Truong said that the study’s limitations warrant further research to establish several aspects of long-term treatment of Parkinson’s with GLP-1 receptor agonists: dose optimization, combination therapies, safety and tolerability, and effects on the non-motor symptoms. Parkinson’s disease is associated with a wide range of non-motor symptoms, including cognitive impairment, autonomic dysfunction, and psychiatric symptoms. Future studies should investigate whether lixisenatide has beneficial effects on non-motor symptoms in addition to motor symptoms.

Although the study suggested a potential neuroprotective effect of lixisenatide, the underlying mechanisms are not fully understood. Further research is needed to elucidate the specific neuroprotective mechanisms of lixisenatide in Parkinson’s disease, including its effects on inflammation, oxidative stress, mitochondrial function, and alpha-synuclein pathology.


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How the Diabetes drug Metformin can suppress hunger and help with weight loss

How the Diabetes drug Metformin can suppress hunger and help with weight loss

The body produces more of an appetite-suppressive molecule when taking the diabetes drug metformin, according to research from Stanford University in California that was just published in Nature Metabolism. Researchers at Stanford University and Baylor University in Texas found two years ago that the same molecule is also produced during and after intense exercise. Called the anti-hunger molecule, scientists think the lac-phe molecule accounts for the modest effects of metformin, the world’s most prescribed diabetes drug, on weight loss. It was unclear up until now how the blood sugar-controlling medication metformin also caused weight loss, but it turns out that it works by decreasing hunger in the same way as intense exercise. Knowing how these pathways are regulated may help develop practical methods to reduce body mass and enhance millions of people’s health.

Researchers examined blood plasma samples from patients with type 2 diabetes both before and after they took metformin for 12 weeks, following trials conducted on obese mice. The starting dose for each participant was 500 mg, which was progressively increased to 2,000 mg. According to research, the participants’ lac-phe levels considerably rose during this time. Additionally, in a larger study involving 79 individuals with diabetes and heart disease, the researchers examined blood samples. The participants who were taking metformin exhibited significantly higher levels of lac-phe in comparison to the non-medication group.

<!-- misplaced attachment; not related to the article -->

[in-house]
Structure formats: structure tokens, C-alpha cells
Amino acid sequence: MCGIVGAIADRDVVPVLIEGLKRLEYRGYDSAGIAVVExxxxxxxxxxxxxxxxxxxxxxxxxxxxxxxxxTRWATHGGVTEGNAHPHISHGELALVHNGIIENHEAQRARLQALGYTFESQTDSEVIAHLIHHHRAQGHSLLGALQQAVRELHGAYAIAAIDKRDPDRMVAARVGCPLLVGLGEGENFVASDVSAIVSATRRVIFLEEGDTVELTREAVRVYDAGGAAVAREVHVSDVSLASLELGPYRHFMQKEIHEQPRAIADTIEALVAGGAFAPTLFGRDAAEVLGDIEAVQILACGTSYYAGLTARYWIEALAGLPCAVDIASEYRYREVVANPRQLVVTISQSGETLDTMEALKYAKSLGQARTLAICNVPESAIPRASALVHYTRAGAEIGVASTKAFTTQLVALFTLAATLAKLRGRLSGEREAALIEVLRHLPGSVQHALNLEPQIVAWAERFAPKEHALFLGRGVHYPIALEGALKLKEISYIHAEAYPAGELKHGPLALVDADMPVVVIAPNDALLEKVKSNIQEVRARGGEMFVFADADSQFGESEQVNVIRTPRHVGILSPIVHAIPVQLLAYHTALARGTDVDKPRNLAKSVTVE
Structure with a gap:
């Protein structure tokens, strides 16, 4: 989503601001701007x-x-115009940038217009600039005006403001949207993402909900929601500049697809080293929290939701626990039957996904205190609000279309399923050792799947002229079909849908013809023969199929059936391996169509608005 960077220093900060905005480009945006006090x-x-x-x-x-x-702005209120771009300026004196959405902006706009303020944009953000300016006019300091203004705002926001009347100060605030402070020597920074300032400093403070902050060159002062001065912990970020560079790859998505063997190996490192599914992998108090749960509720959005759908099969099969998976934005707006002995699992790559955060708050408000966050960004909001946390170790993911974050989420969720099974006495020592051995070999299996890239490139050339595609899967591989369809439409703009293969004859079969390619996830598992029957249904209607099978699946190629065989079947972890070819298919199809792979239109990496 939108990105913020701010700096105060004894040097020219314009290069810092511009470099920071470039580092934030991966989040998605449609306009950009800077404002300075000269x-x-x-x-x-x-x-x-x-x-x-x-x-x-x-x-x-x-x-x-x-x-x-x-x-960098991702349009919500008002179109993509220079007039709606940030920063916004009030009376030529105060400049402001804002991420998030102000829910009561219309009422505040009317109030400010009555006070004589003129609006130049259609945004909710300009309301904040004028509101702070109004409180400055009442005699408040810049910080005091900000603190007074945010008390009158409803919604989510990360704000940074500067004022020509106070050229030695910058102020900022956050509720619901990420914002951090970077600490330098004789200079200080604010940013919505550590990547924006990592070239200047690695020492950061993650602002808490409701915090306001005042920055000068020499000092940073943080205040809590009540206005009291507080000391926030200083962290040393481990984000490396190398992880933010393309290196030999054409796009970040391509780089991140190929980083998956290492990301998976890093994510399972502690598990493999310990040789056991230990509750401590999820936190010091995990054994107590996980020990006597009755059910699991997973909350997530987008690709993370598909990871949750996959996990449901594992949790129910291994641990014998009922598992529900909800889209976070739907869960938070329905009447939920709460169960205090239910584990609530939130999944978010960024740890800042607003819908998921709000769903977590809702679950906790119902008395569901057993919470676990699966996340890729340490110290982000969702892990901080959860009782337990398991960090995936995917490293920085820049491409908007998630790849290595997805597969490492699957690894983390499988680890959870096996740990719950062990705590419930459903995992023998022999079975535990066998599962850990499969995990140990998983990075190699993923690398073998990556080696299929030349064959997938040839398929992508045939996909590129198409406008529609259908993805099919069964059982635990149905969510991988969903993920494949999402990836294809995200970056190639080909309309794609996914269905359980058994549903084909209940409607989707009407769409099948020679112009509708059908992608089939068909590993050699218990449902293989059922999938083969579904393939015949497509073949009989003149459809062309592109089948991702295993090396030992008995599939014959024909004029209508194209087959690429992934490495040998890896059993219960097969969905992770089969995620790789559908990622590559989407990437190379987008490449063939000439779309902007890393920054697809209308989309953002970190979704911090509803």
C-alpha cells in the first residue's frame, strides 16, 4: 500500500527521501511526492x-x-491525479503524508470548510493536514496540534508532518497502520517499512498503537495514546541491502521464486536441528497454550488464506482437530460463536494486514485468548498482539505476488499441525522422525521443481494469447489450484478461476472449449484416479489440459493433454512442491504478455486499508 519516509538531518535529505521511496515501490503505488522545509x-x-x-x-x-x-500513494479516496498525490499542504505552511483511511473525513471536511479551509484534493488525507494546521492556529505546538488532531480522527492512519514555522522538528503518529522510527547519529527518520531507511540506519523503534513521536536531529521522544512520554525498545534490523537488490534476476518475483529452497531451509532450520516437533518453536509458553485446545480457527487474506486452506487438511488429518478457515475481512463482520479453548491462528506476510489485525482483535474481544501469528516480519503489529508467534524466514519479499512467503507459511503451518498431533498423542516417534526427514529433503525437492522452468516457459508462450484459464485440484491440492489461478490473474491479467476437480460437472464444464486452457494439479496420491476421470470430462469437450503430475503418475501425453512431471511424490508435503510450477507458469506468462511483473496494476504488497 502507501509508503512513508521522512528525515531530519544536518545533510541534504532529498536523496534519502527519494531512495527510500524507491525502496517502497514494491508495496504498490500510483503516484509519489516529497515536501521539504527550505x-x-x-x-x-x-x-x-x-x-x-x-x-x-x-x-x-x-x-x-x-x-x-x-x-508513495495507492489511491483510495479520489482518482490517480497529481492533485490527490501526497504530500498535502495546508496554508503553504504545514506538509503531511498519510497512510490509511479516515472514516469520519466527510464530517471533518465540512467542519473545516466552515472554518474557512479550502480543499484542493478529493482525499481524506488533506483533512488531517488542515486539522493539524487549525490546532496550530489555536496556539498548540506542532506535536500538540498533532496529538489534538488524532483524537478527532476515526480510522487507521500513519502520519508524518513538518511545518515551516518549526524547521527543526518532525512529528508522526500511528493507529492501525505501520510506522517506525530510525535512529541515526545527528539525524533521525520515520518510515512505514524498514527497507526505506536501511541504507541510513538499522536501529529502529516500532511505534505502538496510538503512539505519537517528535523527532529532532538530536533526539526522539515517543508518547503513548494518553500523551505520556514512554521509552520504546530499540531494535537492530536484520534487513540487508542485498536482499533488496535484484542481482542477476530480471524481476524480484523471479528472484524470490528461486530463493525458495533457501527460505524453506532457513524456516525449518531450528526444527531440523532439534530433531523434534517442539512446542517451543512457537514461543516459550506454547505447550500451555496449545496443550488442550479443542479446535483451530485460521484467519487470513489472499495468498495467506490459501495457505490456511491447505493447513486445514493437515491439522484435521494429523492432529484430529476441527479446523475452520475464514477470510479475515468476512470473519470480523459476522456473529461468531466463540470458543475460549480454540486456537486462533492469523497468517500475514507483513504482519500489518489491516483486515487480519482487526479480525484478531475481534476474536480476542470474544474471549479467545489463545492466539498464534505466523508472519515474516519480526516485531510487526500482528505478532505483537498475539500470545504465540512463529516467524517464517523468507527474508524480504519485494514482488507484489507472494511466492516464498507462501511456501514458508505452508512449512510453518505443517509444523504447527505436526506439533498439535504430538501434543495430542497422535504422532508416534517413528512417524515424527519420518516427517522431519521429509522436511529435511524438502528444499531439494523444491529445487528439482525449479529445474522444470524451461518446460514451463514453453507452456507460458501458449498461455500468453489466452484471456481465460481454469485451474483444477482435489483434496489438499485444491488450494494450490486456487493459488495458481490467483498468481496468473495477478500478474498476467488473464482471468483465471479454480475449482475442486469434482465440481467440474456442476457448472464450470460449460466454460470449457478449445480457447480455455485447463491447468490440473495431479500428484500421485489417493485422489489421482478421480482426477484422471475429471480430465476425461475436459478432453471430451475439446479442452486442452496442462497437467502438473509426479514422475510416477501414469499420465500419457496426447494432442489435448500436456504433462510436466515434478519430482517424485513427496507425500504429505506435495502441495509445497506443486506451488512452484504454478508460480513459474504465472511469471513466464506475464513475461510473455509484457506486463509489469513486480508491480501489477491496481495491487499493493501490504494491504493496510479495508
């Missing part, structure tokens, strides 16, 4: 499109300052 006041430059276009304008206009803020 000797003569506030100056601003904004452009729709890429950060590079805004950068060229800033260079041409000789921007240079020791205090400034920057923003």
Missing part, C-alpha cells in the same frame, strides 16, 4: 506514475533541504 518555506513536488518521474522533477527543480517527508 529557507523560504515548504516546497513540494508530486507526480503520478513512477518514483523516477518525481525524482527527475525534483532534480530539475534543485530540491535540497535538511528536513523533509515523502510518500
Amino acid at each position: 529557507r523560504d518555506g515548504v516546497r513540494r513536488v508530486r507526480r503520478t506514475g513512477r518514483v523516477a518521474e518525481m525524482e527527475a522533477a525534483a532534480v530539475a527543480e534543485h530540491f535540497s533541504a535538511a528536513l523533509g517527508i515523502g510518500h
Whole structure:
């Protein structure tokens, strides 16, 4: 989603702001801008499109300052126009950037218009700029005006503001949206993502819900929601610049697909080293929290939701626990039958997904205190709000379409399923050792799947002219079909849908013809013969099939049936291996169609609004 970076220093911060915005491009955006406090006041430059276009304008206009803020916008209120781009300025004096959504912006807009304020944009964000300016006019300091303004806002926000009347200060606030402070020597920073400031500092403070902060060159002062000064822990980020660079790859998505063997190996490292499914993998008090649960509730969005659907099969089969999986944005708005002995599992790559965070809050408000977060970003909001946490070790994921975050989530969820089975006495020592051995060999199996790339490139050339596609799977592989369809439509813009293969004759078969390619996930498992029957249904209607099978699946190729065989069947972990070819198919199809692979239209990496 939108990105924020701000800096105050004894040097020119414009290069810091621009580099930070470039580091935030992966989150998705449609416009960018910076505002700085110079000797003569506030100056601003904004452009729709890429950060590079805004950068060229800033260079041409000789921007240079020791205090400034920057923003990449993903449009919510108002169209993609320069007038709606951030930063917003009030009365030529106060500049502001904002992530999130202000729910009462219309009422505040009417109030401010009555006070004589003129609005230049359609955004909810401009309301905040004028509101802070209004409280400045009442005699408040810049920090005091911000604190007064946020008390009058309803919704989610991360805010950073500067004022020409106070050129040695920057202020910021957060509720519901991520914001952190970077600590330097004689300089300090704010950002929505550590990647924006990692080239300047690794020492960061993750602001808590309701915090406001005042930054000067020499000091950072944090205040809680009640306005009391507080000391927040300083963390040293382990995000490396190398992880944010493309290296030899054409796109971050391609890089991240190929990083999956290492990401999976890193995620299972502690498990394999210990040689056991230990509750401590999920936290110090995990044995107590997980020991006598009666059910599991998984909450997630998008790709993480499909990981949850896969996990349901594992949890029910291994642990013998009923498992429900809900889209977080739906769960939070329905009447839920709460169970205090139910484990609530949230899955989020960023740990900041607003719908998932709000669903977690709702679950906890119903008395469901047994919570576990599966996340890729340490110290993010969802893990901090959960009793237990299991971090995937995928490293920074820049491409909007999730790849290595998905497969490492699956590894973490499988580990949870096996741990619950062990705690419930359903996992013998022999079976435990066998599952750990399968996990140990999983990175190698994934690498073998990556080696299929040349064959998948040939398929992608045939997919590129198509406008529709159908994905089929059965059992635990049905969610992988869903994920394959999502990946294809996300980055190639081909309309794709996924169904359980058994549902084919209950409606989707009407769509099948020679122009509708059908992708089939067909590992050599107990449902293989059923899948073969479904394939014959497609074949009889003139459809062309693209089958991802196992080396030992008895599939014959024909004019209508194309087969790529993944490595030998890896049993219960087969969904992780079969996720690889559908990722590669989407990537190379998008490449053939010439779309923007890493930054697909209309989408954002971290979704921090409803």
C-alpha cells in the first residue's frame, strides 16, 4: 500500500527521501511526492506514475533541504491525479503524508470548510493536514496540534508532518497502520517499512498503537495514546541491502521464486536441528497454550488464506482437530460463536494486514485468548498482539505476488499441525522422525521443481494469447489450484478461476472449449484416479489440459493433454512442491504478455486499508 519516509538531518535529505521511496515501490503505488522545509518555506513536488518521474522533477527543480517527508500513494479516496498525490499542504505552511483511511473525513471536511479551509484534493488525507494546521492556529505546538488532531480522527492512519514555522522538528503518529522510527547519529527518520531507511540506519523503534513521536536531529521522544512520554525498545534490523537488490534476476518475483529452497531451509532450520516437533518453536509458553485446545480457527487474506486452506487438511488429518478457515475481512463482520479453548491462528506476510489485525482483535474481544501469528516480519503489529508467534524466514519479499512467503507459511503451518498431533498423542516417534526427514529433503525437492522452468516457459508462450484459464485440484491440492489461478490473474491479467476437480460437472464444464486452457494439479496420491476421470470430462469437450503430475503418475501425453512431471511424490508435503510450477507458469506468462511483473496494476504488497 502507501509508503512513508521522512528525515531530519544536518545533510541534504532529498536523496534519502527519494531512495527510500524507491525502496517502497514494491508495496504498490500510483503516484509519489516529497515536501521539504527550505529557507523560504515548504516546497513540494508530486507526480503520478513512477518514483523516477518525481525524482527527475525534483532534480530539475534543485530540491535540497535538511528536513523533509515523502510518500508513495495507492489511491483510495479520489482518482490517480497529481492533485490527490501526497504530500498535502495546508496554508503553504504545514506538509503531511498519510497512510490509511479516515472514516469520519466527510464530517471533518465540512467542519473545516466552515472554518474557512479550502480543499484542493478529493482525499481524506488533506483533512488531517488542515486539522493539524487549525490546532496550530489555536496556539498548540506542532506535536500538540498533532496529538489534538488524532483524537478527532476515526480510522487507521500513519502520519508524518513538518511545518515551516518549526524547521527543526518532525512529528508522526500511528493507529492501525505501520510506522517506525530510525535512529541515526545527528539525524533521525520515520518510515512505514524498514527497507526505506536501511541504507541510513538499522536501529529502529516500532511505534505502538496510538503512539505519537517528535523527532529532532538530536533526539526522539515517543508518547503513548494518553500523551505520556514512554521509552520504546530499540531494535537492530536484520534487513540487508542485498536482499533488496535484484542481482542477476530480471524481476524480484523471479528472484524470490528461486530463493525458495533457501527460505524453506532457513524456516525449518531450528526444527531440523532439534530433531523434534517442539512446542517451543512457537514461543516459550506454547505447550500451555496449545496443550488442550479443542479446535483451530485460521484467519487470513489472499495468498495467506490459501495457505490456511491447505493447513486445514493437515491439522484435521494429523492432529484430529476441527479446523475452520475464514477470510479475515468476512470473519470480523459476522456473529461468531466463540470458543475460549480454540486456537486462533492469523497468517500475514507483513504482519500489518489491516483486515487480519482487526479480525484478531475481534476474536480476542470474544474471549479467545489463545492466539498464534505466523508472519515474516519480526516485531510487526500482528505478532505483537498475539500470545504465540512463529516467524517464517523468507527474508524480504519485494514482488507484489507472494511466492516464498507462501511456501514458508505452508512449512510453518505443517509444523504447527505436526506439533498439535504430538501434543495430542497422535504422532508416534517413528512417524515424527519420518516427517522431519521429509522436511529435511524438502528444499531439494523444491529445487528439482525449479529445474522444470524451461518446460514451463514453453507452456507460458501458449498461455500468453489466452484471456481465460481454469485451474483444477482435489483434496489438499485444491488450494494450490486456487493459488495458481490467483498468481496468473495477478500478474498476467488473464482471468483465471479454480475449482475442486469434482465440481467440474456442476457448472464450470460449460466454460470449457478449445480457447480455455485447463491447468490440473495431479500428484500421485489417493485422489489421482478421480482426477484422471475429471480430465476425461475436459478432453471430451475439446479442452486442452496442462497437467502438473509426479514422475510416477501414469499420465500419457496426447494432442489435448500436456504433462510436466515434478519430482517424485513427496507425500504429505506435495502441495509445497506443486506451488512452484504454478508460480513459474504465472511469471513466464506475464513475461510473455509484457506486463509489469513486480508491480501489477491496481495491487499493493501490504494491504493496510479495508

Conversely, Long and colleagues discovered that inhibiting mice’s production of lac-phe reversed appetite suppression and led to weight gain. It’s strange and intriguing that metformin and sprint training have the same effect on body weight through the same pathway. He went on to say that these discoveries might inspire the creation of novel drugs for weight loss. Within the first few months of starting the medication, there has been evidence of a slight reduction in body weight for those who take metformin, also known by the brand names Fortamet and Glumetza. The Food and Drug Administration has not yet granted metformin approval for use in managing weight loss.

The advantages of metformin for weight loss and overall health go beyond the lac-phe molecule, according to experts in the care of diabetic patients. According to the Diabetes Care Nurse, a virtual diabetes educator who was not involved in the new study, metformin is an incredible medication. Jose has lived with type 1 diabetes for 42 years and has supported others with type 1 and type 2 diabetes for more than 15 years. Jose claimed that during her career, she has worked with thousands of individuals who have type 2 diabetes and has personally witnessed the effects of metformin. It’s among the most economical, safest, and efficient diabetes treatments available. For those with type 2 diabetes who receive a new diagnosis, it remains the standard of care. That will always remain the same.

Although metformin isn’t a medication for weight loss, all providers are aware that it will cause some weight loss. Jose continued, It’s just a positive side effect. Nevertheless, it is generally advised that people with diabetes or obesity lose 7 to 10 percent of their body weight. If metformin is used in conjunction with healthy lifestyle choices, this can definitely be accomplished. Jose emphasized that you have to make a commitment to making significant changes in your daily diet and exercise routine, just like Ozempic and other GLP-1 medications are making headlines. If you stop taking these medications, your weight will return to its initial level if you don’t make those adjustments.